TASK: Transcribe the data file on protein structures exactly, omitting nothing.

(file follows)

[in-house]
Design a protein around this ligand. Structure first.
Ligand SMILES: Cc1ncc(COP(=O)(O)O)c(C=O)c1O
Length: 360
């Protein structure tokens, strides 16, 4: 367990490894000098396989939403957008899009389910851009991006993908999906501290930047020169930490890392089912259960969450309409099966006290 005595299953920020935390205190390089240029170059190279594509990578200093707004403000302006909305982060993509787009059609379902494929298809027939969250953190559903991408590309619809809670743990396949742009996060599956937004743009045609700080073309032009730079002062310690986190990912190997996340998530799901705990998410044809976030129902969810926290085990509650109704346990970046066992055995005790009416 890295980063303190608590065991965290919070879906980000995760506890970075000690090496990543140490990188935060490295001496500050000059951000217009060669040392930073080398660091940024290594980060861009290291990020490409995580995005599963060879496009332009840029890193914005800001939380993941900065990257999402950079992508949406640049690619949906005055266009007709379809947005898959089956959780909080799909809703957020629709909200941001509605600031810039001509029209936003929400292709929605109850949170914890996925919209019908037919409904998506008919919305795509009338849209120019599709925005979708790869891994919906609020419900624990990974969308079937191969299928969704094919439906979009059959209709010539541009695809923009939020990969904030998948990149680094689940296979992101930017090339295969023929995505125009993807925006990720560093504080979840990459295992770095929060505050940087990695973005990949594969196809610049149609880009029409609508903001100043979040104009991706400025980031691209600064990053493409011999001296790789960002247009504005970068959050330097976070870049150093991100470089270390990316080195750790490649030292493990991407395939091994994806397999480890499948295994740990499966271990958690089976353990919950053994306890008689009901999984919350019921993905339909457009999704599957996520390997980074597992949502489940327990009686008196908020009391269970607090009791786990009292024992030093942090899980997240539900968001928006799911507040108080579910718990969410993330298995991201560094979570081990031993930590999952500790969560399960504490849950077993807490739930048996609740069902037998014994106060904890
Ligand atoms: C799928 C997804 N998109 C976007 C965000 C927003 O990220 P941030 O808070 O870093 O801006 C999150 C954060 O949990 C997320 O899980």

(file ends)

[in-house]
Design a protein around this ligand. Structure first.
Ligand SMILES: Cc1ncc(COP(=O)(O)O)c(C=O)c1O
Length: 360
């Protein structure tokens, strides 16, 4: 367990490894000098396989939403957008899009389910851009991006993908999906501290930047020169930490890392089912259960969450309409099966006290 005595299953920020935390205190390089240029170059190279594509990578200093707004403000302006909305982060993509787009059609379902494929298809027939969250953190559903991408590309619809809670743990396949742009996060599956937004743009045609700080073309032009730079002062310690986190990912190997996340998530799901705990998410044809976030129902969810926290085990509650109704346990970046066992055995005790009416 890295980063303190608590065991965290919070879906980000995760506890970075000690090496990543140490990188935060490295001496500050000059951000217009060669040392930073080398660091940024290594980060861009290291990020490409995580995005599963060879496009332009840029890193914005800001939380993941900065990257999402950079992508949406640049690619949906005055266009007709379809947005898959089956959780909080799909809703957020629709909200941001509605600031810039001509029209936003929400292709929605109850949170914890996925919209019908037919409904998506008919919305795509009338849209120019599709925005979708790869891994919906609020419900624990990974969308079937191969299928969704094919439906979009059959209709010539541009695809923009939020990969904030998948990149680094689940296979992101930017090339295969023929995505125009993807925006990720560093504080979840990459295992770095929060505050940087990695973005990949594969196809610049149609880009029409609508903001100043979040104009991706400025980031691209600064990053493409011999001296790789960002247009504005970068959050330097976070870049150093991100470089270390990316080195750790490649030292493990991407395939091994994806397999480890499948295994740990499966271990958690089976353990919950053994306890008689009901999984919350019921993905339909457009999704599957996520390997980074597992949502489940327990009686008196908020009391269970607090009791786990009292024992030093942090899980997240539900968001928006799911507040108080579910718990969410993330298995991201560094979570081990031993930590999952500790969560399960504490849950077993807490739930048996609740069902037998014994106060904890
Ligand atoms: C799928 C997804 N998109 C976007 C965000 C927003 O990220 P941030 O808070 O870093 O801006 C999150 C954060 O949990 C997320 O899980």